Chub were first stocked in October 2009, then again in November 2011 and November 2017. They were little more than fingerlings, i.e. as big as your index finger.
The above pictures are of one of those "stockies" which have clearly grown on well. Although this fish was not weighed it was a good 15" or more long.
The latest picture shown the Chub held in a 2ft landing net! It was caught with a loaded method feeder and sweetcorn in the Main Lake.
Quite a few Chub have been caught but this was the first time that the owner witnessed the capture and was on-hand to photograph it.
More chub were stocked in November 2011. These Chub are now roughly 2lb in size!
Roll-on the next 18 months as Chub Fishing at the Fishery should become tremendous?
Early mornings, and the afternoons at the Fishery with dog biscuit’s on the bottom in the margins. Soft hook-able, dog biscuit’s like Baker’s Beef or Chicken, plus bait banded pellet or soft biscuit’s like Chum Mixers, a sharp size 10 or 12 hook and 6lb line, it should be really good.
Try ledger fishing a dog biscuit as a “pop-up” which is an excellent bait and method. Other good bait’s include sweetcorn, luncheon meat, paste, beef tongue (in tins), fresh or frozen cockles, muscles or prawns (not those in preservatives) fished in the margins. Plus, Worm and Maggots will catch plenty of good Roach, Bream and Chub.
You should find them in the margins and especially where there is a flow of water. Try trotting in the flow and watch the behaviour of your float. Fish a couple of inches over-depth. As soon as the behaviour of your float alters - strike, and always strike before your reel in - just in case! One angler, known as sausage man, fishes the margins at the Fishery using a float road, pole float and fresh sausage as bait. The takes are extremely fast, so he holds the rod at all times. He misses many but he also catches lots and many, mainly Carp 8-10lb about 12” from the bank.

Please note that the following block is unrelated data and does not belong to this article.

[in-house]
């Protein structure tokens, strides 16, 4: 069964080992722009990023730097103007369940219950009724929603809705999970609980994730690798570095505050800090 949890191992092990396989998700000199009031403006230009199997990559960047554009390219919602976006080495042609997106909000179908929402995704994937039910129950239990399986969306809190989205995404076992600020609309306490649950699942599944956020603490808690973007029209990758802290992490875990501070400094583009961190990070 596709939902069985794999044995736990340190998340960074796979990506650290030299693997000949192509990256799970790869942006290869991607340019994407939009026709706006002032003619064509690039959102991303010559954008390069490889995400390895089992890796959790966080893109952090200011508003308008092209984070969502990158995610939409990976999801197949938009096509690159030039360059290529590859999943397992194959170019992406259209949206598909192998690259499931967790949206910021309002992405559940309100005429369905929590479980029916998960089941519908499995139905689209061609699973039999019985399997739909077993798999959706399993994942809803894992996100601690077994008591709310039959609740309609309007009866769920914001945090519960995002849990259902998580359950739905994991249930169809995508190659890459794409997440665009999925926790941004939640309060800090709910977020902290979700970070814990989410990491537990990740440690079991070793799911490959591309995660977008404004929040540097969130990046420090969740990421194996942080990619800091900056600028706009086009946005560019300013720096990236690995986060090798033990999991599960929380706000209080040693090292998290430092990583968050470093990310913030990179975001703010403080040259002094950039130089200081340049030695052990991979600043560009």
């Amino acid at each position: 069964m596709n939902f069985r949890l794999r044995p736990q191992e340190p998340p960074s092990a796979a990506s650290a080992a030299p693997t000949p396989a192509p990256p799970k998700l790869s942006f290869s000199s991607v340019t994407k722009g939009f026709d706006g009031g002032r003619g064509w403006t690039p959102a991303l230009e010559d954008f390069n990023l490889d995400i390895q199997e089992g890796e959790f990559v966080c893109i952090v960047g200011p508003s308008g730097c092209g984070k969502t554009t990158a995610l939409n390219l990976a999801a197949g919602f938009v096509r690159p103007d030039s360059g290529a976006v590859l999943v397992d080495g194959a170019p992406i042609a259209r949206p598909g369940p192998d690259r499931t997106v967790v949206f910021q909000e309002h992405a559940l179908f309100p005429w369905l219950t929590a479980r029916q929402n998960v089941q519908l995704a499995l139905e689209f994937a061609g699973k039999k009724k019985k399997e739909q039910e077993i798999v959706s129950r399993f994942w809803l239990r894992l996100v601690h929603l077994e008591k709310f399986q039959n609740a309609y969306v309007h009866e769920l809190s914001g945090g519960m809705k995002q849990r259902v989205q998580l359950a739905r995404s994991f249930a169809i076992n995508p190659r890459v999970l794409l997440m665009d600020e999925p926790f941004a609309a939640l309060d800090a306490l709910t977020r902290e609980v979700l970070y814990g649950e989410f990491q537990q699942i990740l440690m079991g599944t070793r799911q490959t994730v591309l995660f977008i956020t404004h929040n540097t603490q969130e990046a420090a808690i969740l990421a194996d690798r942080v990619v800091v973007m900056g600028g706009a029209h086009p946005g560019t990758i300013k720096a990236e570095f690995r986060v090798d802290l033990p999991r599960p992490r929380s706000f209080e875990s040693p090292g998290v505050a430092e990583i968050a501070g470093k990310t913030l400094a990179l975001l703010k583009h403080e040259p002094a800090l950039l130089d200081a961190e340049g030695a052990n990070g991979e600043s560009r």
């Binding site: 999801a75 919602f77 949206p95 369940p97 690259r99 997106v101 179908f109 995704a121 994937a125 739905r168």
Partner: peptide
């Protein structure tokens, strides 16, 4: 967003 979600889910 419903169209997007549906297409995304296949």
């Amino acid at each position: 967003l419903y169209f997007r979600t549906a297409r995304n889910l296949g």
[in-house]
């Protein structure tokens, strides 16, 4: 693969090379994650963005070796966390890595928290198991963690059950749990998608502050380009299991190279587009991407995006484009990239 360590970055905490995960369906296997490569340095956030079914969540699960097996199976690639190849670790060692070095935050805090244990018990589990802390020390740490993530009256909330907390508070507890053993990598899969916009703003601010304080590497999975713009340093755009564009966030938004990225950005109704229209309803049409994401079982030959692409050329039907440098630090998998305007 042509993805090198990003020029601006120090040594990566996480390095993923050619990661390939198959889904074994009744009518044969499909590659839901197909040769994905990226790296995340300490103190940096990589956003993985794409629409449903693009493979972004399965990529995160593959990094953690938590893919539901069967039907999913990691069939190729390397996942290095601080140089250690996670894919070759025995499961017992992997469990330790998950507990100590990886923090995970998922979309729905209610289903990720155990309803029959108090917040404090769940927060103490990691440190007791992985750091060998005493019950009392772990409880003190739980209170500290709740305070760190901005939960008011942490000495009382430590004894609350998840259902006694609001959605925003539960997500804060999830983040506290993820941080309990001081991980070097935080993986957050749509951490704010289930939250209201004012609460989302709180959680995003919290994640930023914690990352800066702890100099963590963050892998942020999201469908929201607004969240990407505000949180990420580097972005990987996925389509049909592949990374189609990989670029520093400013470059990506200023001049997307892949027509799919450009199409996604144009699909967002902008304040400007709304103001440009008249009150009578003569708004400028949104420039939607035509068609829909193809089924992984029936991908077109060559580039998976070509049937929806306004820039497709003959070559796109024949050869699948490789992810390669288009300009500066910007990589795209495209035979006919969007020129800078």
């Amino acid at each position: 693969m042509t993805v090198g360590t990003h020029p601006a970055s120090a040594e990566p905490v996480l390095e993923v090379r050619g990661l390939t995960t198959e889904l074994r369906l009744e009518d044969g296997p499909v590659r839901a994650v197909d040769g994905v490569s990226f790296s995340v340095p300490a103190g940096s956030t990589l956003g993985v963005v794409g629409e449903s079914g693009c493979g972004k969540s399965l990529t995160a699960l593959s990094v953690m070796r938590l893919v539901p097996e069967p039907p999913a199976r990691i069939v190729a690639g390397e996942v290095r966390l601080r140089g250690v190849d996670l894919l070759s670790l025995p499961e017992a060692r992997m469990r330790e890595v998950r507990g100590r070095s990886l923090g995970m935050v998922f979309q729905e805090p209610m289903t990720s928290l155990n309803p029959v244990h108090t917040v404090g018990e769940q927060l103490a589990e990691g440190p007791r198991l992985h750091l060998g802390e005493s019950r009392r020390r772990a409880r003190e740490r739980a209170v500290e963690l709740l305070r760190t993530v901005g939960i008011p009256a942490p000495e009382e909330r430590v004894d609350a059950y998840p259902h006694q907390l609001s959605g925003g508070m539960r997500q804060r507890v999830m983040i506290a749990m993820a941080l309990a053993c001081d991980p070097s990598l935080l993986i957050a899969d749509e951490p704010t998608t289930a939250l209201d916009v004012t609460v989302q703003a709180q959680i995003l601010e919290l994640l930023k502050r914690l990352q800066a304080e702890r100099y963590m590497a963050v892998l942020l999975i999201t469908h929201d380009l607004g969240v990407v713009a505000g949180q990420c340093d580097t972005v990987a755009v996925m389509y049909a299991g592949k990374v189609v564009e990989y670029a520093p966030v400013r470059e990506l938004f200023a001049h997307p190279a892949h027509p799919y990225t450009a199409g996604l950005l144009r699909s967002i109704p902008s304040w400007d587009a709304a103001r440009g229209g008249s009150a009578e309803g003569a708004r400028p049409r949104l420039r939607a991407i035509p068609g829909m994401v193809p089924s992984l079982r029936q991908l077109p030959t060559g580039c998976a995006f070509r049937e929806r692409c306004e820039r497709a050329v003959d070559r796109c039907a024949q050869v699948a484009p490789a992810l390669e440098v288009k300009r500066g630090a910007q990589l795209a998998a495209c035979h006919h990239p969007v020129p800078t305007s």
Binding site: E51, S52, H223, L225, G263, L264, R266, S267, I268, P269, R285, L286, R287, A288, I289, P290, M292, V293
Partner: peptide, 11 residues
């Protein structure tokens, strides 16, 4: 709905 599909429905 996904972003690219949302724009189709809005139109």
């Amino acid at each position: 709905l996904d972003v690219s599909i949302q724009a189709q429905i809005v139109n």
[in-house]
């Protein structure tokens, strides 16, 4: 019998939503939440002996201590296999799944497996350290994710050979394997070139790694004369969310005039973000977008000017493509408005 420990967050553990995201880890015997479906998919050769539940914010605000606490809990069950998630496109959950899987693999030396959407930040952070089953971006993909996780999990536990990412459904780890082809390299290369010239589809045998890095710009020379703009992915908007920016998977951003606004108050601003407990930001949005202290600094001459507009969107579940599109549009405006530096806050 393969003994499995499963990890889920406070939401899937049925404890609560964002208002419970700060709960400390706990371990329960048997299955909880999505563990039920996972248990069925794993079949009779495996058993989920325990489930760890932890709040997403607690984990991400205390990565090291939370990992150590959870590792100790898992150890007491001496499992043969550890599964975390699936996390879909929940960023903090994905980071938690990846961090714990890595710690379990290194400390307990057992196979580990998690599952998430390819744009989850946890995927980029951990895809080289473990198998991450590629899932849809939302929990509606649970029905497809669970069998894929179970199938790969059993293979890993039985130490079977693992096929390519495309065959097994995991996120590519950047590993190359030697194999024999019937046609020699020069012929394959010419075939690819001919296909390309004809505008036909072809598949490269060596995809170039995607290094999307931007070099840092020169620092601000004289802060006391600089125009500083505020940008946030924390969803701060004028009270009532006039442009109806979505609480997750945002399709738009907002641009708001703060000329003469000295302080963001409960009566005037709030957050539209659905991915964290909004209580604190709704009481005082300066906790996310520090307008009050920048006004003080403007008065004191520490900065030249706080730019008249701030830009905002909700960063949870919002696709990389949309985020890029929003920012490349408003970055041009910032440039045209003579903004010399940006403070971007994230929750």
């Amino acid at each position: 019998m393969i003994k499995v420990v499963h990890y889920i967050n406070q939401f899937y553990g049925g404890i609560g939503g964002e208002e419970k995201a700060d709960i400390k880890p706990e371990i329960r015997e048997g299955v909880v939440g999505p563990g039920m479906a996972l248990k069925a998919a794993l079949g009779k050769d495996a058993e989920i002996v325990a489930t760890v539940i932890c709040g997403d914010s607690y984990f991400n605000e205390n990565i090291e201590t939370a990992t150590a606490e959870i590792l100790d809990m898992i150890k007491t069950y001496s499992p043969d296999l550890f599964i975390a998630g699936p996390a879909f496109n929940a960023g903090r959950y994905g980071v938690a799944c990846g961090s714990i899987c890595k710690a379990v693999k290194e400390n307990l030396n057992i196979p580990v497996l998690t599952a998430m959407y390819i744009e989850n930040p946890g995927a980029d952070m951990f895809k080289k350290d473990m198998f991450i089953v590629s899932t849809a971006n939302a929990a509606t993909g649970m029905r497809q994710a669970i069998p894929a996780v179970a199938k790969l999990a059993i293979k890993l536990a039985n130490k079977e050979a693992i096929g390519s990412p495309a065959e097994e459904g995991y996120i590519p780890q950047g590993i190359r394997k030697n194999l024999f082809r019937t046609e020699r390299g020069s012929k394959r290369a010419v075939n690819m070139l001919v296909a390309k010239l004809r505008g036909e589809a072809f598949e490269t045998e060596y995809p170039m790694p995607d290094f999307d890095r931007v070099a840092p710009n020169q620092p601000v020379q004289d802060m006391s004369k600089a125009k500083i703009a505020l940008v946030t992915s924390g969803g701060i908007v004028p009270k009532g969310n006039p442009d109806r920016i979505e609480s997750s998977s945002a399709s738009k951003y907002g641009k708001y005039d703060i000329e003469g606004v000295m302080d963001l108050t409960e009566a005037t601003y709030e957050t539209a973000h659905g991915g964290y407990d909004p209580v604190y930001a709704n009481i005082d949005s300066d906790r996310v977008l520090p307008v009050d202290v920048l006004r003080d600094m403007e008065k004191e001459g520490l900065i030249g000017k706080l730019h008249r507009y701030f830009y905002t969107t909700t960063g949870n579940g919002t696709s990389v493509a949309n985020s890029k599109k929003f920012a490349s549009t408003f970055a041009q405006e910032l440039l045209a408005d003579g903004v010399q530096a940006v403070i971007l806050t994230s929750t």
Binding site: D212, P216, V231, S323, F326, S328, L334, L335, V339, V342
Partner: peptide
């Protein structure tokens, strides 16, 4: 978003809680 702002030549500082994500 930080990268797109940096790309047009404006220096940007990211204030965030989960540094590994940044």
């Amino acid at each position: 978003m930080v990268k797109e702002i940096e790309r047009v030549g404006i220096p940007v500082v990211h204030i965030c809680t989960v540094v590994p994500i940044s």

This method works for all fish, not just the carp. Chub anglers at the Fishery do not use pods and snooze, they have the rod close by at all times. I would recommend having the handle of your rod resting on the edge of your seat next to your thigh. That way when a fish bites the rod is immediately to hand, no stretching to a pod or down to the ground.
By the time it takes to stretch out the fish will have had your bait and spat the hook out. Remember, a fishes reaction time is 10 times faster than yours. By the time you’ve spotted your float, indicator or what ever move, the fish has had the hook and bait in his mouth, stripped it, found the hook and spat it out, and you’ve thought “oh, I’ve got a bite”! So, you have to be quick, no lazy fishing here. Although boilies are a good bait, they’re not normally a bait for chub.
Although, those that use the smaller sizes, 8mm etc. have done exceptionally well over the winter months, especially when their bait has been tipped with sweetcorn. All the fish here, even the small Roach will take a bait on a size 10! As we’re not heavily match fished they’re not particularly hook shy.
What will change your catch rate is the presentation of your bait, no long tails from your knots. I’ve always found that the grinner knot presents the bait superbly, is a strong, small and neat knot.
If you don’t know how to tie it ask me and it would be a pleasure to show you how I tie grinner knots the easy way, my way. Usually when angler’s are not catching it is usually they’re knots and how they tie them that are letting them down. Their hooks are not “in-line” but sit at an angle to the line, so when they strike instead of the hook pulling in to the fish it pulls out, away from the fish. With a grinner knot the hook is in-line with the line and so moves accordingly. Once I’ve tied a grinner knot for an angler, they usually catch before I walked 10 yards away! Presentation is everything!